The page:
Ethnography is an important type of empirical inquiry, and a powerful mode of knowledge production about human social life. It involves a direct and sustained involvement with specific social groups, or communities, as well as an ability to question one’s own observations and categories of analysis. This seminar aims to provide a practical introduction to ethnographic field methods. It is designed for both Bachelor and Master students willing to gain a critical understanding and experience of ethnographic research tools. We will examine a range of techniques and approaches related to conducting empirical fieldwork, and discuss the challenges of identifying, being in, and leaving the field. Students will formulate and conduct their own ethnographic research in small groups (Bachelor students), or individually (Master students) in their nearby environment. Attention will be given to both practical and epistemological issues encountered by the students in their fields.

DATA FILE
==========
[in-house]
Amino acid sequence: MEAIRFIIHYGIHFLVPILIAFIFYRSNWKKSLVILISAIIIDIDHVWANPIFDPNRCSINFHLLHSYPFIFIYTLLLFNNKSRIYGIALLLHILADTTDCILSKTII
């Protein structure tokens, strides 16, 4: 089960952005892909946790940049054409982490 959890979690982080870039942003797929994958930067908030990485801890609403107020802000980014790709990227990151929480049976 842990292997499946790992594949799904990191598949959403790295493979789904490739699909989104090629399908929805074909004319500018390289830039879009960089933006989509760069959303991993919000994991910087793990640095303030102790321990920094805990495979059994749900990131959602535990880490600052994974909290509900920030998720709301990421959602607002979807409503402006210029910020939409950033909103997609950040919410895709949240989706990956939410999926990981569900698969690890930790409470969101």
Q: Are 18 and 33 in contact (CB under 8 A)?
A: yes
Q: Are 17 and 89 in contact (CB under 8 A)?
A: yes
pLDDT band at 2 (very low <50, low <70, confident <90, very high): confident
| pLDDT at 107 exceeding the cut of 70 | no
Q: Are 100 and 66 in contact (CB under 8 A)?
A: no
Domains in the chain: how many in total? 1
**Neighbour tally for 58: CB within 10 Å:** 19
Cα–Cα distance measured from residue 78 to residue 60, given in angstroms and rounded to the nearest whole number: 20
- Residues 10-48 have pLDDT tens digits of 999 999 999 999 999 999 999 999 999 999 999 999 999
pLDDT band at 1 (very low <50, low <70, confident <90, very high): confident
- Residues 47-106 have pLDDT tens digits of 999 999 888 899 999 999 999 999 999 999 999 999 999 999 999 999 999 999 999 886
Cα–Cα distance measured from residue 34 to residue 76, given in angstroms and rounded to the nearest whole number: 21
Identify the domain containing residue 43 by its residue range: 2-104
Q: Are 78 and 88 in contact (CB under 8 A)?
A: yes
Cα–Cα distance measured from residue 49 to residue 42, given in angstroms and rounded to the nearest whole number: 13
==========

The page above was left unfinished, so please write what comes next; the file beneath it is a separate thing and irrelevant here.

Upon completion of the seminar, students will have developed qualitative research skills and be better equipped for their future BA or MA fieldworks.

Indicative bibliography

  • Bernard H. Russell. 2011. Research Methods in Anthropology: Qualitative and Quantitative Approaches. Lanham: AltaMira Press.
  • Denzin Norman K., Lincoln Yvonna S. (eds.). 2017. The SAGE Handbook of Qualitative Research. London: Sage.
  • Emerson Robert M., Fretz Rachel I., Shaw Linda L. 2011. Writing Ethnographic Fieldnotes. Chicago, London: University of Chicago Press.
  • O’Reilly Karen. 2005. Ethnographic Methods. London: Routledge.
  • Robben Antonius C.G.M., Sluka Jeffrey A. (eds.). 2012. Ethnographic Fieldwork: An Anthropological Reader. Oxford: Blackwell.